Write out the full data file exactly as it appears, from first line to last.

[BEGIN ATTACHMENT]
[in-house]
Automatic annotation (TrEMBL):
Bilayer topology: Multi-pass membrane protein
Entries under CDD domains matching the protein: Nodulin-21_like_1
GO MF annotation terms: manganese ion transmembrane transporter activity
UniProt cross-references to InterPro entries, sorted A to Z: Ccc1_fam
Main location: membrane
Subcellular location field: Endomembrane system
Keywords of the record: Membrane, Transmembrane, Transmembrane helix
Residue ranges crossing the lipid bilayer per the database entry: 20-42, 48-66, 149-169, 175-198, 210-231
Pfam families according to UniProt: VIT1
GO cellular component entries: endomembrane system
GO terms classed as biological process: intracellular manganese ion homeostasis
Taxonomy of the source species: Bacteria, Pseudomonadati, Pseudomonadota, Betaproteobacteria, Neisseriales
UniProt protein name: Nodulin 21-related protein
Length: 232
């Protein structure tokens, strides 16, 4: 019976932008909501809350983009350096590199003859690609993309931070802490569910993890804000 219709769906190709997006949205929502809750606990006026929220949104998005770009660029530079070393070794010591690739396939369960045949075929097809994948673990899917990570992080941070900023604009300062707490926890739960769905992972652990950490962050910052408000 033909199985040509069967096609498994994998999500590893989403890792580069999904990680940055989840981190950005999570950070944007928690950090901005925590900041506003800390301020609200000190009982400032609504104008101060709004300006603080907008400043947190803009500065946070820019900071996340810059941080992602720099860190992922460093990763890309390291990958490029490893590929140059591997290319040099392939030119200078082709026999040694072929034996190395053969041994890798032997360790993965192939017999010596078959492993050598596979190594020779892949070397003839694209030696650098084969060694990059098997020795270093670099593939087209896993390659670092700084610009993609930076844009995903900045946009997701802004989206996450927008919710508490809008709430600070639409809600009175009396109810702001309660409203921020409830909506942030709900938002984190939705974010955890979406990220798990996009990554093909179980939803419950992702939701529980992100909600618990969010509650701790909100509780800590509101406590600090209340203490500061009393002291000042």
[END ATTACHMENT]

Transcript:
[in-house]
Automatic annotation (TrEMBL):
Bilayer topology: Multi-pass membrane protein
Entries under CDD domains matching the protein: Nodulin-21_like_1
GO MF annotation terms: manganese ion transmembrane transporter activity
UniProt cross-references to InterPro entries, sorted A to Z: Ccc1_fam
Main location: membrane
Subcellular location field: Endomembrane system
Keywords of the record: Membrane, Transmembrane, Transmembrane helix
Residue ranges crossing the lipid bilayer per the database entry: 20-42, 48-66, 149-169, 175-198, 210-231
Pfam families according to UniProt: VIT1
GO cellular component entries: endomembrane system
GO terms classed as biological process: intracellular manganese ion homeostasis
Taxonomy of the source species: Bacteria, Pseudomonadati, Pseudomonadota, Betaproteobacteria, Neisseriales
UniProt protein name: Nodulin 21-related protein
Length: 232
């Protein structure tokens, strides 16, 4: 019976932008909501809350983009350096590199003859690609993309931070802490569910993890804000 219709769906190709997006949205929502809750606990006026929220949104998005770009660029530079070393070794010591690739396939369960045949075929097809994948673990899917990570992080941070900023604009300062707490926890739960769905992972652990950490962050910052408000 033909199985040509069967096609498994994998999500590893989403890792580069999904990680940055989840981190950005999570950070944007928690950090901005925590900041506003800390301020609200000190009982400032609504104008101060709004300006603080907008400043947190803009500065946070820019900071996340810059941080992602720099860190992922460093990763890309390291990958490029490893590929140059591997290319040099392939030119200078082709026999040694072929034996190395053969041994890798032997360790993965192939017999010596078959492993050598596979190594020779892949070397003839694209030696650098084969060694990059098997020795270093670099593939087209896993390659670092700084610009993609930076844009995903900045946009997701802004989206996450927008919710508490809008709430600070639409809600009175009396109810702001309660409203921020409830909506942030709900938002984190939705974010955890979406990220798990996009990554093909179980939803419950992702939701529980992100909600618990969010509650701790909100509780800590509101406590600090209340203490500061009393002291000042």